In fiber-optic communications, wavelength-division multiplexing (WDM) is a technology which multiplexes multiple optical carrier signals on a single optical fiber by using different wavelengths (colours) of laser light to carry different signals. This allows for a multiplication in capacity, in addition to enabling bidirectional communications over one strand of fiber. This is a form of frequency division multiplexing (FDM) but is commonly called wavelength division multiplexing.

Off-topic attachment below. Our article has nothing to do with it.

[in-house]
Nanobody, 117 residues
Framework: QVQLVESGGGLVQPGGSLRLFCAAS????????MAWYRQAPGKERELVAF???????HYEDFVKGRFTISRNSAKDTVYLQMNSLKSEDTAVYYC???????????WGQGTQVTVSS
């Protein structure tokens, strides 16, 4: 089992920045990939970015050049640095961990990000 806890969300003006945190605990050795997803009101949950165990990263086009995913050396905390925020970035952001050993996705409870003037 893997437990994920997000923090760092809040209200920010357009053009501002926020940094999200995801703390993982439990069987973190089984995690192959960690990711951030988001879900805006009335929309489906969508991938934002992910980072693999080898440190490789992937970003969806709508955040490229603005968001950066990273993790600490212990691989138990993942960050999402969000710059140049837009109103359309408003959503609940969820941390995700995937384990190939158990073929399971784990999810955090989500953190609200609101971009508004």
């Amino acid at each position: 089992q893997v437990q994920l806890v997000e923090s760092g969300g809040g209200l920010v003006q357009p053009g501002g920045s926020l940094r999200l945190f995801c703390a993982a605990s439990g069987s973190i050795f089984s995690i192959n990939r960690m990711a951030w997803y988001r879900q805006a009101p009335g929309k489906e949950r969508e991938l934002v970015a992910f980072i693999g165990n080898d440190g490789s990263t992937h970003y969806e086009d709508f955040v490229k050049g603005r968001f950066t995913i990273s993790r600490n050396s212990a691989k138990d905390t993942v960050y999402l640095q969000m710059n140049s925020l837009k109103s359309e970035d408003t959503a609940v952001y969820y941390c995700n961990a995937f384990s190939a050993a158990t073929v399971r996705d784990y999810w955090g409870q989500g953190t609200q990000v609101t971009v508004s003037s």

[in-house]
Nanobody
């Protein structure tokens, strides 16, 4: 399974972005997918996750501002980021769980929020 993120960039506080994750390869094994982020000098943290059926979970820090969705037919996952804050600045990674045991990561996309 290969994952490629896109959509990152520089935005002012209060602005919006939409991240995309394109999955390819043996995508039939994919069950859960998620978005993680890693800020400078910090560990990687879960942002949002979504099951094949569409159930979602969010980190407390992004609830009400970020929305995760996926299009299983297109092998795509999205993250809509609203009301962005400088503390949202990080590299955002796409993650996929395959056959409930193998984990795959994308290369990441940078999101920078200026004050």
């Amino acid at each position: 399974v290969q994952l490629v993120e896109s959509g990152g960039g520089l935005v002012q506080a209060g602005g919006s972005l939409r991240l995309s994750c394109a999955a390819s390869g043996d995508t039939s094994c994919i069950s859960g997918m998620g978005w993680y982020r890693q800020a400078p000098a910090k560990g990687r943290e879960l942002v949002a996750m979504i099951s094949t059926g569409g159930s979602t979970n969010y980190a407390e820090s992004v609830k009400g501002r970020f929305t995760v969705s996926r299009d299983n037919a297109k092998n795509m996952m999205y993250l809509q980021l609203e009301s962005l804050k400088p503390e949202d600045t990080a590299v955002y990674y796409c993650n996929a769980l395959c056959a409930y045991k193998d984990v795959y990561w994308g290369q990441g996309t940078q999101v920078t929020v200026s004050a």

The term wavelength-division multiplexing is commonly applied to an optical carrier (which is typically described by its wavelength), whereas frequency-division multiplexing typically applies to a radio carrier (which is more often described by frequency). However, since wavelength and frequency are inversely proportional, and since radio and light are both forms of electromagnetic radiation, the two terms are equivalent in this context.